Out of a huge landscape of modules, Mutable Instruments stands alone with some of the best options. And those Mutable tools continue to make their appearance, for free, in VCV rack in software.
As we reported previously, VCV Rack are porting the open source, digital module line from hardware to software form once they’ve been shipping for a while.
The latest is another special addition: Marbles is a random voltage generator, reborn in the onscreen Rack software as Random Sampler. (That term also describes me, at a buffet.)
Well, basically, Marbles is both a source of randomness and a sampler that can reproduce patterns. On the randomness side, you can generate clock or control signals – or modify external inputs – and add variation, from subtle to chaotic, slight fuzziness to branching patterns. That keeps things from getting too repetitive.
And then, in case you actually want some repetition or a recognizable phrase, you also have a sampler that stores and recalls patterns of voltages, cleverly dubbed “deja vu.”
That’s to me is a beautiful model of how you might want to control chance and variation, giving ears new and recognizable sounds, compositionally. Of course, this being a Mutable module, that power is consolidated in a few knobs, which can also be a delight to play with.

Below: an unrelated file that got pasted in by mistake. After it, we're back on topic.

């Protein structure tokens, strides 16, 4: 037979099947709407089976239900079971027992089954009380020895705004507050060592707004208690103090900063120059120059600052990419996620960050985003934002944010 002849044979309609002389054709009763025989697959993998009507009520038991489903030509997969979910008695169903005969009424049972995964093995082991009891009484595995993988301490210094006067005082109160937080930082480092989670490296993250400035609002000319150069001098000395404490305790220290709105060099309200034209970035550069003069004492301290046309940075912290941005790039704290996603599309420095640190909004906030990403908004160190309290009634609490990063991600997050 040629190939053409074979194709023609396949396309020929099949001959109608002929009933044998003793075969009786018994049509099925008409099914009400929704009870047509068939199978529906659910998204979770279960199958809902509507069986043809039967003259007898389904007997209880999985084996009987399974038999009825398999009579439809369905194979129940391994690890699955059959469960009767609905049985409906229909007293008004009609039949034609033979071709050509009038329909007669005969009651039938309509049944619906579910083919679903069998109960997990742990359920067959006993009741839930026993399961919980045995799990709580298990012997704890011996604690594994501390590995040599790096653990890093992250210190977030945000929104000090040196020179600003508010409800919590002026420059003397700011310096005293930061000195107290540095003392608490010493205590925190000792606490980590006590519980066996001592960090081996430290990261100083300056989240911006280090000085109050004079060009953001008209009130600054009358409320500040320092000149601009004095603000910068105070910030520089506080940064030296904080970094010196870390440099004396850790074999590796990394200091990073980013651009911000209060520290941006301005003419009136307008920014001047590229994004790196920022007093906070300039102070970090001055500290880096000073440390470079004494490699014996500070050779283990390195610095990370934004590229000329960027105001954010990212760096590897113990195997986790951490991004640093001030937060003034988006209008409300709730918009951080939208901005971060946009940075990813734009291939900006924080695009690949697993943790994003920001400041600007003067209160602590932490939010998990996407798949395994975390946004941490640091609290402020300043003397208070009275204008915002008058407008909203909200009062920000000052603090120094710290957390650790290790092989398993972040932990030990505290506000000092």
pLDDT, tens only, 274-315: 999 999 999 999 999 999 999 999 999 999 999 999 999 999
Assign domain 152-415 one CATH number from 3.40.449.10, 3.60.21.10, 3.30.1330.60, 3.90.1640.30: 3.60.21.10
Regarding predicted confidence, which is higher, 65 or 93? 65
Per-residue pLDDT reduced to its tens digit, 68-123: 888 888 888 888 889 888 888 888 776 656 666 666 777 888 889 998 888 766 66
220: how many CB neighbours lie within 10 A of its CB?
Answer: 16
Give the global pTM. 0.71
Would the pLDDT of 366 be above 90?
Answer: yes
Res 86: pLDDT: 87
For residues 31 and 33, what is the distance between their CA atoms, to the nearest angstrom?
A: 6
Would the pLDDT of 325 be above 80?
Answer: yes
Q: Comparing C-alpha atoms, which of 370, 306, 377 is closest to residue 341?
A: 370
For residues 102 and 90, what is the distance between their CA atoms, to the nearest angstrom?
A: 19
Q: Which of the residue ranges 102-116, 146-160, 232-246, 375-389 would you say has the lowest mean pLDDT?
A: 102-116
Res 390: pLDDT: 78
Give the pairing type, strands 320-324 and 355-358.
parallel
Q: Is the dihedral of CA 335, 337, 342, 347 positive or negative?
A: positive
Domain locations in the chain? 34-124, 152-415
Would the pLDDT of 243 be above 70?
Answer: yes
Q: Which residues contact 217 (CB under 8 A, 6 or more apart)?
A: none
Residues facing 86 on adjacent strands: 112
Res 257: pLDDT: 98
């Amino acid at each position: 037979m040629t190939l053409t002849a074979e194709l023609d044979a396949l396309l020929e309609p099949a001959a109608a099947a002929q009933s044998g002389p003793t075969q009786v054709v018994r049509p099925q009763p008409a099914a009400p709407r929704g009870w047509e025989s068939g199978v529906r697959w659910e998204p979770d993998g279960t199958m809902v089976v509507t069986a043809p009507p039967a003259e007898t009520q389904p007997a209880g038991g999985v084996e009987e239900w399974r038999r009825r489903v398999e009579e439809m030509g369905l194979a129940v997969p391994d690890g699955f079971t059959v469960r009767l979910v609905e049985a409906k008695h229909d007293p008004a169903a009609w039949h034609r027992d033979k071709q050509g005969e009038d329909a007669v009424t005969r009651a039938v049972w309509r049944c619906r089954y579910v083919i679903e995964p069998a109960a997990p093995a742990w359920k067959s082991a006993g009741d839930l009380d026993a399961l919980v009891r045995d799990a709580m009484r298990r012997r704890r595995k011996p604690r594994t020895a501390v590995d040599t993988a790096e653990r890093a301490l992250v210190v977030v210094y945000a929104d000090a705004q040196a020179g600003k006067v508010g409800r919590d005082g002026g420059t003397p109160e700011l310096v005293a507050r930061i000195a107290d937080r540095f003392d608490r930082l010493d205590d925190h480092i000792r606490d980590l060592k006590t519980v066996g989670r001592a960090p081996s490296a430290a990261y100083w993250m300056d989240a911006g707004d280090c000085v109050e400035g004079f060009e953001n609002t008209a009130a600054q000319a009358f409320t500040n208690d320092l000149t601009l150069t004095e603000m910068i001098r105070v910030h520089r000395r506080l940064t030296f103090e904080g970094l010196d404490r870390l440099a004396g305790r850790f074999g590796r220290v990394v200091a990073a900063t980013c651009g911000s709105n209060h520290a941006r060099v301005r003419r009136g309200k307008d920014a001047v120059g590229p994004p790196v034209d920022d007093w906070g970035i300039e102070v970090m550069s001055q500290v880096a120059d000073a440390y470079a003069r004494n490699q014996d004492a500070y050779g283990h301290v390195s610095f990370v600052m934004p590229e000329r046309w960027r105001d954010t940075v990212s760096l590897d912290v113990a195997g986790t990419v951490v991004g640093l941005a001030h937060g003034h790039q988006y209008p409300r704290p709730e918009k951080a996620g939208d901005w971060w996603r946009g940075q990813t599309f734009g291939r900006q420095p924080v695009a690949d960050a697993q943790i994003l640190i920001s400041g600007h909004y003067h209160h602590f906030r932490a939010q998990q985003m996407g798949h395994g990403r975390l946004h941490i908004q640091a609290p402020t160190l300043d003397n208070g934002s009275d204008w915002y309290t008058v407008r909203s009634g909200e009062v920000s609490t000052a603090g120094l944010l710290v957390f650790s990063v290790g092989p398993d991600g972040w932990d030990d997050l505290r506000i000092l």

To try these in VCV’s Rack application, first install Rack, then look to the Audible Instruments preview plug-in:
And a lot of us are now installing multiple modulars on our computers and choosing to use a particular one when the use arises. So if the constantly-under-construction, wild and woolly developer side of VCV Rack makes you long for a more stable solution, it’s worth mentioning that Softube’s excellent Modular and all the paid add-ons are now steeply discounted. That includes an implementation of Mutable’s superb Clouds:
Kudos to Mutable and creator Olivier Gillet. He’s proven that software can be open source but sustainable commercially, and that it can be successful across multiple platforms at once – hardware and software. For anyone bold enough to follow, that could be a compelling direction for musical tools to take.
And after all, no one can resist marbles…